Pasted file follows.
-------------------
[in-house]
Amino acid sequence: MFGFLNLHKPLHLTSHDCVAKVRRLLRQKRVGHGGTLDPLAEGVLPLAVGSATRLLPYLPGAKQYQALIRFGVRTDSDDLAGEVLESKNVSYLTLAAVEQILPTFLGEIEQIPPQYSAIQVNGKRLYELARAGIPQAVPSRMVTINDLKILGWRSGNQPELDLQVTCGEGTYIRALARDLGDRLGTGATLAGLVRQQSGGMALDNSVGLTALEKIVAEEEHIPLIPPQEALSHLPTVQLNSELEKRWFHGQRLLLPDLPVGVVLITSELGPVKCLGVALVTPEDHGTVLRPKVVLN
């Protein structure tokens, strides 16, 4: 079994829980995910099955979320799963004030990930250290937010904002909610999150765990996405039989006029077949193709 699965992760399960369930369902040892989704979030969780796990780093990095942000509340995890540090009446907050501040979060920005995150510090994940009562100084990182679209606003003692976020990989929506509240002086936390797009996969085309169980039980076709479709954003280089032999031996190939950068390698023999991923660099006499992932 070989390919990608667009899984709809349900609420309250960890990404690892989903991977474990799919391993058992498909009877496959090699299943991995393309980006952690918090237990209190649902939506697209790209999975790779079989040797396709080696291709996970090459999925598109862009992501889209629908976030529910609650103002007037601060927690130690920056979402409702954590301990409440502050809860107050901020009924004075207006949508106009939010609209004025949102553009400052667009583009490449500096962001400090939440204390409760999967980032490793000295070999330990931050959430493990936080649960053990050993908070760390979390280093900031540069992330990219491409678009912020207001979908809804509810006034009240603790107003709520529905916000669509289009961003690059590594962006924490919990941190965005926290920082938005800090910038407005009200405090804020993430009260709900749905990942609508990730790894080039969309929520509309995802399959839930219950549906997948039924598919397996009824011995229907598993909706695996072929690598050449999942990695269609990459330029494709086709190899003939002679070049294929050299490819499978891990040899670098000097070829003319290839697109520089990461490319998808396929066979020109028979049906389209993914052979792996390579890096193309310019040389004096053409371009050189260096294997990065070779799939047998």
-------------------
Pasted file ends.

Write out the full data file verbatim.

[in-house]
Amino acid sequence: MFGFLNLHKPLHLTSHDCVAKVRRLLRQKRVGHGGTLDPLAEGVLPLAVGSATRLLPYLPGAKQYQALIRFGVRTDSDDLAGEVLESKNVSYLTLAAVEQILPTFLGEIEQIPPQYSAIQVNGKRLYELARAGIPQAVPSRMVTINDLKILGWRSGNQPELDLQVTCGEGTYIRALARDLGDRLGTGATLAGLVRQQSGGMALDNSVGLTALEKIVAEEEHIPLIPPQEALSHLPTVQLNSELEKRWFHGQRLLLPDLPVGVVLITSELGPVKCLGVALVTPEDHGTVLRPKVVLN
């Protein structure tokens, strides 16, 4: 079994829980995910099955979320799963004030990930250290937010904002909610999150765990996405039989006029077949193709 699965992760399960369930369902040892989704979030969780796990780093990095942000509340995890540090009446907050501040979060920005995150510090994940009562100084990182679209606003003692976020990989929506509240002086936390797009996969085309169980039980076709479709954003280089032999031996190939950068390698023999991923660099006499992932 070989390919990608667009899984709809349900609420309250960890990404690892989903991977474990799919391993058992498909009877496959090699299943991995393309980006952690918090237990209190649902939506697209790209999975790779079989040797396709080696291709996970090459999925598109862009992501889209629908976030529910609650103002007037601060927690130690920056979402409702954590301990409440502050809860107050901020009924004075207006949508106009939010609209004025949102553009400052667009583009490449500096962001400090939440204390409760999967980032490793000295070999330990931050959430493990936080649960053990050993908070760390979390280093900031540069992330990219491409678009912020207001979908809804509810006034009240603790107003709520529905916000669509289009961003690059590594962006924490919990941190965005926290920082938005800090910038407005009200405090804020993430009260709900749905990942609508990730790894080039969309929520509309995802399959839930219950549906997948039924598919397996009824011995229907598993909706695996072929690598050449999942990695269609990459330029494709086709190899003939002679070049294929050299490819499978891990040899670098000097070829003319290839697109520089990461490319998808396929066979020109028979049906389209993914052979792996390579890096193309310019040389004096053409371009050189260096294997990065070779799939047998």